(a) Any assignment of claims that has been made under the Act to any type of financing institution listed in 32.802(b) may thereafter be further assigned and reassigned to any such institution if the conditions in 32.802(d) and (e) continue to be met.
(b) A contract may prohibit the assignment of claims if the agency determines the prohibition to be in the Government’s interest.
(c) Under a requirements or indefinite quantity type contract that authorizes ordering and payment by multiple Government activities, amounts due for individual orders for $1,000 or more may be assigned.
(d) Any contract of a designated agency (see FAR 32.801), except a contract under which full payment has been made, may include a no-setoff commitment only when a determination of need is made by the head of the agency, in accordance with the Presidential delegation of authority dated October 3,1995, and after such determination has been published in the Federal Register. The Presidential delegation makes such determinations of need subject to further guidance issued by the Office of Federal Procurement Policy. The following guidance has been provided:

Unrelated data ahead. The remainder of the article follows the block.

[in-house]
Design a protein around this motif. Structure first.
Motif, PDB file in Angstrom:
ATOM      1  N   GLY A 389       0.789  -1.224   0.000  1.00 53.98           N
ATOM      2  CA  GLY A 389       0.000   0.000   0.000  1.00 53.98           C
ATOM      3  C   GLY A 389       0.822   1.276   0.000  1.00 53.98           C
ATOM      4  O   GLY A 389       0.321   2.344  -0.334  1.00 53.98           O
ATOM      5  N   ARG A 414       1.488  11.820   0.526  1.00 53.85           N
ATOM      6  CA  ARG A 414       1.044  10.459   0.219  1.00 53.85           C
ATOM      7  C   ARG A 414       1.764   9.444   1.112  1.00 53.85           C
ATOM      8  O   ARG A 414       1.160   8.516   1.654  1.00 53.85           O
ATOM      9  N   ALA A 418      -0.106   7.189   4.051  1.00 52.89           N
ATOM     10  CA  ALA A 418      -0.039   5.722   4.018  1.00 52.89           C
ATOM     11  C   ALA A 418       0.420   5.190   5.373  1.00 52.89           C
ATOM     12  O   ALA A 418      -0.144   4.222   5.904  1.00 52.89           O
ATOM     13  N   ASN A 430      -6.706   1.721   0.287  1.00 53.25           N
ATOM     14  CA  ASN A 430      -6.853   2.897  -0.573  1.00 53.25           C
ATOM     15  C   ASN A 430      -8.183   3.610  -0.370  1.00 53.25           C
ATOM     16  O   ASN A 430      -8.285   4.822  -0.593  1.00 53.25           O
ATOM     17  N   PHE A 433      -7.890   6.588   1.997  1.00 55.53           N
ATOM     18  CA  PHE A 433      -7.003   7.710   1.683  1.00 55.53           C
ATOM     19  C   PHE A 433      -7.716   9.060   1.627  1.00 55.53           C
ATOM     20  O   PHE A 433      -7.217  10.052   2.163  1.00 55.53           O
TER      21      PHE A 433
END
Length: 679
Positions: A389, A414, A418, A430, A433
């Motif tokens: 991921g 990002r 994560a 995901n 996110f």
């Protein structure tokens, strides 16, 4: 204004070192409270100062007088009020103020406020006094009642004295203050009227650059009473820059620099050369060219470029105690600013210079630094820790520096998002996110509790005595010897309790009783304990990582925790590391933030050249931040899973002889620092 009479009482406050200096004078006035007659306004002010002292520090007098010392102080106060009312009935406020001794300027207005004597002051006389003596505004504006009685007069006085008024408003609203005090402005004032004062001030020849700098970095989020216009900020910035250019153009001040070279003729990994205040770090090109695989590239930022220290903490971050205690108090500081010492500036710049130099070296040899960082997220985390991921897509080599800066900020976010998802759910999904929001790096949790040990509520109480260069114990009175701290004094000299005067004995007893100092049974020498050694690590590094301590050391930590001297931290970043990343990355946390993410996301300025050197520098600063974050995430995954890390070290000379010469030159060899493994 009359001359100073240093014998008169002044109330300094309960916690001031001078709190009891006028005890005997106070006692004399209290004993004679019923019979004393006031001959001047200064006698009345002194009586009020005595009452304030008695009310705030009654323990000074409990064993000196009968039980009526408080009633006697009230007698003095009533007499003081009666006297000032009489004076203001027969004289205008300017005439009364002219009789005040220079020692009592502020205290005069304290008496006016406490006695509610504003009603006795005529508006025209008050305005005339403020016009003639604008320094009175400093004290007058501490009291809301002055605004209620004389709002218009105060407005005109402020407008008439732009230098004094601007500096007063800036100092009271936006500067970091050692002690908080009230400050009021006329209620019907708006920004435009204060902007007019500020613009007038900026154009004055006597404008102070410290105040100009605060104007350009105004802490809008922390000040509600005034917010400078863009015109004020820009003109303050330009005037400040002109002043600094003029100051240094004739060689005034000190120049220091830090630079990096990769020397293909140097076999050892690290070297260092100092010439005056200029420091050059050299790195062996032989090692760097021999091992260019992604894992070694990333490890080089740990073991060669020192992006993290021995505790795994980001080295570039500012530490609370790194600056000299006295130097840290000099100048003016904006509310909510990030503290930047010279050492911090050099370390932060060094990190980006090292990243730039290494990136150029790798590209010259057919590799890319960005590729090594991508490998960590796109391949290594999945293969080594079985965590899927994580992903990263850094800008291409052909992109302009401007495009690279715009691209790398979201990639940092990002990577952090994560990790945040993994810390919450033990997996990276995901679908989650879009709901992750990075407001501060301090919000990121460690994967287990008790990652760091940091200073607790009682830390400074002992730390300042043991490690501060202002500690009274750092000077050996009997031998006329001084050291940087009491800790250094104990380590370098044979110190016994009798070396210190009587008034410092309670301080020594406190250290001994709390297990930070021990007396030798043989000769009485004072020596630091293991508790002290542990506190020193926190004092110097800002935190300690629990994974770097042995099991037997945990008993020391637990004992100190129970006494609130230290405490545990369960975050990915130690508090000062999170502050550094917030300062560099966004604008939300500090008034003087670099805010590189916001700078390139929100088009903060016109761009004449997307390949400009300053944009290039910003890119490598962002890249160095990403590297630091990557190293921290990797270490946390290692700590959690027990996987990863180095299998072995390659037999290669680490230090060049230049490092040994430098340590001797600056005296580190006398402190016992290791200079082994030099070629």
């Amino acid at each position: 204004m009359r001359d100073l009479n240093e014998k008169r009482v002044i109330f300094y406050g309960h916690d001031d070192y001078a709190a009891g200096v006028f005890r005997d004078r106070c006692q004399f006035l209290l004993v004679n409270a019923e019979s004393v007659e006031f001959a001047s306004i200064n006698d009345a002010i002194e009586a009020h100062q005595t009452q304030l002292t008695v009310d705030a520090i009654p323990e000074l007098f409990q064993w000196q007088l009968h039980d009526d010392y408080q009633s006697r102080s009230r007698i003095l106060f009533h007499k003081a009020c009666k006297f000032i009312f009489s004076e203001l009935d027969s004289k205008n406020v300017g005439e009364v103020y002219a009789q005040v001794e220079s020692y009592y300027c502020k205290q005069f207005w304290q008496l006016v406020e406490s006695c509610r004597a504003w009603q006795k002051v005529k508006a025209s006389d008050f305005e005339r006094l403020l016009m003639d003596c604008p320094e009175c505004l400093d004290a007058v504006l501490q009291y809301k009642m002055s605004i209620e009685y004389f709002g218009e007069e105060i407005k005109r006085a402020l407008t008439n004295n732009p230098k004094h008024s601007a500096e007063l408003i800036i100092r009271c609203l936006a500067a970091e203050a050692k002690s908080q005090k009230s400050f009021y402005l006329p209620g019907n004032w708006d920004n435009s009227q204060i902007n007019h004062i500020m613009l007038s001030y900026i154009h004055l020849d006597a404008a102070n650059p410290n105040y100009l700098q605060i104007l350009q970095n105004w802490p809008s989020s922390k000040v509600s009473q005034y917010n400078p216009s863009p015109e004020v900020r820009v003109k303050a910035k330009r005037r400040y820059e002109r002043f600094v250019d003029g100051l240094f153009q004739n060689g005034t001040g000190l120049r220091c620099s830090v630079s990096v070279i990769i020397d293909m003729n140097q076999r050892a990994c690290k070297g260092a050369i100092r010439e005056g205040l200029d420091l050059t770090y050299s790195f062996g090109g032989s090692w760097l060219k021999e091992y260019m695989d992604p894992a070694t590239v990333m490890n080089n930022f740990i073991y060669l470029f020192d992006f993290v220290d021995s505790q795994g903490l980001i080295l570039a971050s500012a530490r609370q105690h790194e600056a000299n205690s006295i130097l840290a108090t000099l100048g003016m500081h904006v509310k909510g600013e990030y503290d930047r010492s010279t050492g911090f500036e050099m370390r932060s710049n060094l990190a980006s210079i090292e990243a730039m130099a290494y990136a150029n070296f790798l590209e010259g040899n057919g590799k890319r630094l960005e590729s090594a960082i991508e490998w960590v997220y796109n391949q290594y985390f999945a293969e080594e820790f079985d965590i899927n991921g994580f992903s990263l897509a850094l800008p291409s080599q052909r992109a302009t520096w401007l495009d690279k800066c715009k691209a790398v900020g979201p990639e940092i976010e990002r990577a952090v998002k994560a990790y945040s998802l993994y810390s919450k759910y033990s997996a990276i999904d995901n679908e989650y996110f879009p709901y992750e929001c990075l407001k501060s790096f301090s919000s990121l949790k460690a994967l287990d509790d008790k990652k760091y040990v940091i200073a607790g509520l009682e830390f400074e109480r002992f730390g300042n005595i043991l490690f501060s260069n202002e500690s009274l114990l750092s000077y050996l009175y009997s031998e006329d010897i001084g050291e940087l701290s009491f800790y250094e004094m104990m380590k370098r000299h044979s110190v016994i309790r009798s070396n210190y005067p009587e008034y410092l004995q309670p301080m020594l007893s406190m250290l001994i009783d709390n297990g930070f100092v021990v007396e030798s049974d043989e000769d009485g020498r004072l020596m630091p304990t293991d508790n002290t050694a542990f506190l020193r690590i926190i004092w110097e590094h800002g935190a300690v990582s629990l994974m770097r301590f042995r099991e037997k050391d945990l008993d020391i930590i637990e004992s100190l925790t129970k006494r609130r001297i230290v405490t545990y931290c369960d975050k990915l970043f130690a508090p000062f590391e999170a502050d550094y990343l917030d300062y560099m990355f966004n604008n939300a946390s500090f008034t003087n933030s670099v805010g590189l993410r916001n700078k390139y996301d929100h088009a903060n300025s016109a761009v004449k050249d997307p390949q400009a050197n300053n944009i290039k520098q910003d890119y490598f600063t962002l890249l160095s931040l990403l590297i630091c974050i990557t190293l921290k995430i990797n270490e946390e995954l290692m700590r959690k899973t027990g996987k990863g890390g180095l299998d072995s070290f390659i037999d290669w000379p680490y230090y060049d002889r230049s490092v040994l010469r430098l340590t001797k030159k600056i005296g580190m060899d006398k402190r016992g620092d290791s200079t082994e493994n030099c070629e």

Use of the no-setoff provision may be appropriate to facilitate the national defense; in the event of a national emergency or natural disaster; or when the use of the no-setoff provision may facilitate private financing of contract performance. However, in the event an offeror is significantly indebted to the United States, the contracting officer should consider whether the inclusion of the no-setoff commitment in a particular contract is in the best interests of the United States. In such an event, the contracting officer should consult with the Government officer(s) responsible for collecting the debt(s).
(e) When an assigned contract does not include a no-setoff commitment, the Government may apply against payments to the assignee any liability of the contractor to the Government arising independently of the assigned contract if the liability existed at the time notice of the assignment was received even though that liability had not yet matured so as to be due and payable.